FDA allows emergency use of still-unapproved vaccine against deadly meningitis amid Princeton University outbreak
CAMBRIDGE, Mass. — Swiss drug maker Novartis is providing a vaccine to Princeton University amid an outbreak of potentially fatal meningitis that has affected at least eight students, the university said Monday.
Princeton said it had started a vaccination program with Novartis’ Bexsero (meningococcal group B vaccine [rDNA, component, adsorbed]). Bexsero currently has approval in Canada, Europe and Australia, and the Food and Drug Administration gave it conditional approval in response to an application from the Centers for Disease Control and Prevention for its use on the Princeton campus to protect students against the infection. It is currently in phase-1 and phase-2 clinical trials in the United States, but is being recommended for all Princeton undergraduate students, whether they live on- or off-campus, as well as graduate students living in dormitories.
Meningococcal serogroup B, also known as MenB, is a rare but devastating infection that progresses rapidly and can lead to death or permanent disability within 24 hours of symptom onset. It can be difficult for healthcare professionals to diagnose in its early stages because symptoms are often non-specific and flu-like, but one-tenth of those with the disease die despite treatment, and among those who survive, one-fifth suffer from lifelong disabilities such as brain damage, hearing loss and limb loss.
Upsher-Smith gets promising results from phase-3 trial of epilepsy drug
MAPLE GROVE, Minn. — An experimental drug under development by Upsher-Smith Labs for epilepsy is able to reduce seizures in patients with mild to moderate side effects, according to results of a late-stage clinical trial announced Monday.
The drug maker presented results of the phase-3 "PREVAIL" trial of USL255 at the American Epilepsy Society’s 67th Annual Meeting in Washington, which started Friday and ends Tuesday. USL255, an extended-release formulation of the drug topiramate, showed a significantly greater reduction in the frequency of weekly partial-onset seizures than placebo after 11 weeks of treatment, and side effects were generally resolved over time. Nearly all of the patients who finished the first part of the trial have elected to continue in a year-long extension study of the drug.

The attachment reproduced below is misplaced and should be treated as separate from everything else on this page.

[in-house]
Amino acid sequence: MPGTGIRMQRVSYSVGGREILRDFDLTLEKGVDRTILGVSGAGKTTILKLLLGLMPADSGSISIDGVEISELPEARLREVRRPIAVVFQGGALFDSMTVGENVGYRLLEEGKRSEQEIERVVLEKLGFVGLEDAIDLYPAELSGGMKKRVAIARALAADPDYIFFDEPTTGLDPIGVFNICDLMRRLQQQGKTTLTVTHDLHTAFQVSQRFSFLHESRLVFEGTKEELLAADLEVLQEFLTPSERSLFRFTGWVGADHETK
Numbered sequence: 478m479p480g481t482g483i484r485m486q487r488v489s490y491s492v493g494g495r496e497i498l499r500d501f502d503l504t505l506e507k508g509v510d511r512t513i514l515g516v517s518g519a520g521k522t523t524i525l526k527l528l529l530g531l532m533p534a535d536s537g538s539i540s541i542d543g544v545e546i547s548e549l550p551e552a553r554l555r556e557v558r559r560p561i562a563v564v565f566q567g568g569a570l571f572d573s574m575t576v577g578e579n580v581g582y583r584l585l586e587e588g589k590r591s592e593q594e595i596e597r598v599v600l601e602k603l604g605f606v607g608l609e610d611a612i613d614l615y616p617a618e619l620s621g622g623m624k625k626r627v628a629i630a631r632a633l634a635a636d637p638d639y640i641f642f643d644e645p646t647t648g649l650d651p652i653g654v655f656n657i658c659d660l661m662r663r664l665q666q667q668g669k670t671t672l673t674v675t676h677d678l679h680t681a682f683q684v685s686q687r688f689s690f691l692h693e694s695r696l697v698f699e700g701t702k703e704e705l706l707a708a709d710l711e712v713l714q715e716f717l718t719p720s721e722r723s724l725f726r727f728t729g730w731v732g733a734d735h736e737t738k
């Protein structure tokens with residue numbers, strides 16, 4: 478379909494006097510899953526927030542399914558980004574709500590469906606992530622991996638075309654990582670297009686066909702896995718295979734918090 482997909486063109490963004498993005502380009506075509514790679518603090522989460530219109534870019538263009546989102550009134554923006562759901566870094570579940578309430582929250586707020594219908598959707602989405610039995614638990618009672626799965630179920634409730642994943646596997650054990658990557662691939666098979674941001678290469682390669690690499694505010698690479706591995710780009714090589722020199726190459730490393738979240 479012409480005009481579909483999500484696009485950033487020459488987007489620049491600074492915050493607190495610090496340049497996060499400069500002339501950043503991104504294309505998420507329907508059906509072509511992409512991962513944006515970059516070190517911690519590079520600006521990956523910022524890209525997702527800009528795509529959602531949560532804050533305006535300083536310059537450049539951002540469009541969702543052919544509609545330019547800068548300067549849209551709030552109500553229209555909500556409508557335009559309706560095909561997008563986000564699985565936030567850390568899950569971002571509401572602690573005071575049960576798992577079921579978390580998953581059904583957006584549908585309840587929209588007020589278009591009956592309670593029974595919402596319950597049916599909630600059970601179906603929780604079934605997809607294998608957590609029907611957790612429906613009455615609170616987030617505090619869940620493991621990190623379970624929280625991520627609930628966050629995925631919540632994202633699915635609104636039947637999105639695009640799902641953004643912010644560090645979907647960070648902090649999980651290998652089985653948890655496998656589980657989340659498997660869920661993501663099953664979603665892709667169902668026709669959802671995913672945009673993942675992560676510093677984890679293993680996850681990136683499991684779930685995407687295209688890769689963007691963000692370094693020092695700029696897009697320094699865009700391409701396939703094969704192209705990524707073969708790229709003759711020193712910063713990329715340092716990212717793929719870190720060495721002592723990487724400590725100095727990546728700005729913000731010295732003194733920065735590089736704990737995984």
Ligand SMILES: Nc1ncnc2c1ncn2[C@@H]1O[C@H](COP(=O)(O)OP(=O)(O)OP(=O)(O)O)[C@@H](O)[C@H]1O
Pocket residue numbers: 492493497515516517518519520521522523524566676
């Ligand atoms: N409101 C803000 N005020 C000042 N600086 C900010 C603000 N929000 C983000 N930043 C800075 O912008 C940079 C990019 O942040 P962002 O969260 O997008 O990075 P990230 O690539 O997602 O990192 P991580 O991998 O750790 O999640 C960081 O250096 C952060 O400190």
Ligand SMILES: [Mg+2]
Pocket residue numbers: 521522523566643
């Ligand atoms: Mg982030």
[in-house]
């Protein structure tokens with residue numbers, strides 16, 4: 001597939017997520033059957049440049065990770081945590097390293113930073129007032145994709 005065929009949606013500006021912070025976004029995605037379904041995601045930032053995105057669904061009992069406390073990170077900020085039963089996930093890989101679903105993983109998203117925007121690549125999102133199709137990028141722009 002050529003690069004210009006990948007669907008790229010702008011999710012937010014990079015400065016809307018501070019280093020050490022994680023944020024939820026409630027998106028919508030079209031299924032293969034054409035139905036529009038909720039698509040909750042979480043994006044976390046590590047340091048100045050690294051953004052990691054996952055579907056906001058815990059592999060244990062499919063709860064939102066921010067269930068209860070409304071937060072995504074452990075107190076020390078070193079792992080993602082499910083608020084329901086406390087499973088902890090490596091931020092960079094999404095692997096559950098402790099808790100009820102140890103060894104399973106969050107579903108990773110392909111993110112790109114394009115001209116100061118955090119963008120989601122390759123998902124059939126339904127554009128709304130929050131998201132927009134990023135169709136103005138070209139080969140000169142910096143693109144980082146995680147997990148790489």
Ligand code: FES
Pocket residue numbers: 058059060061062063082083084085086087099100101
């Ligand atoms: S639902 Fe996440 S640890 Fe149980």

"Topiramate is a well-known, effective agent for the treatment of a variety of seizure disorders, but many patients experience challenging cognitive side effects while taking the immediate-release formulation of the drug," Barrow Neurological Institute of Phoenix professor of neurology and trial investigator Steve Chung said. "The PREVAIL trial showed that USL255, a once-daily, extended-release formulation of topiramate, is efficacious across a range of seizure types and patient severity."
Reports: Patients reported as cured of HIV experience return of virus
NEW YORK — Two patients in Boston whom researchers had thought were cured of HIV have experienced a relapse of the infection, according to published reports.
The New York Daily News reported that the two men, who were believed cured after receiving bone marrow transplants for lymphoma, had the virus return.
In both patients, the virus had been reduced to undetectable levels, and they had stopped taking antiretroviral drugs for HIV. But due to latently infected cells, often called "reservoirs," the virus was able to return and the two have resumed taking drugs for it. Another patient, Timothy Ray Brown, received a bone marrow transplant in 2007 in Berlin from a patient with a rare genetic mutation that makes people resistant to the virus and has apparently remained cured, according to reports.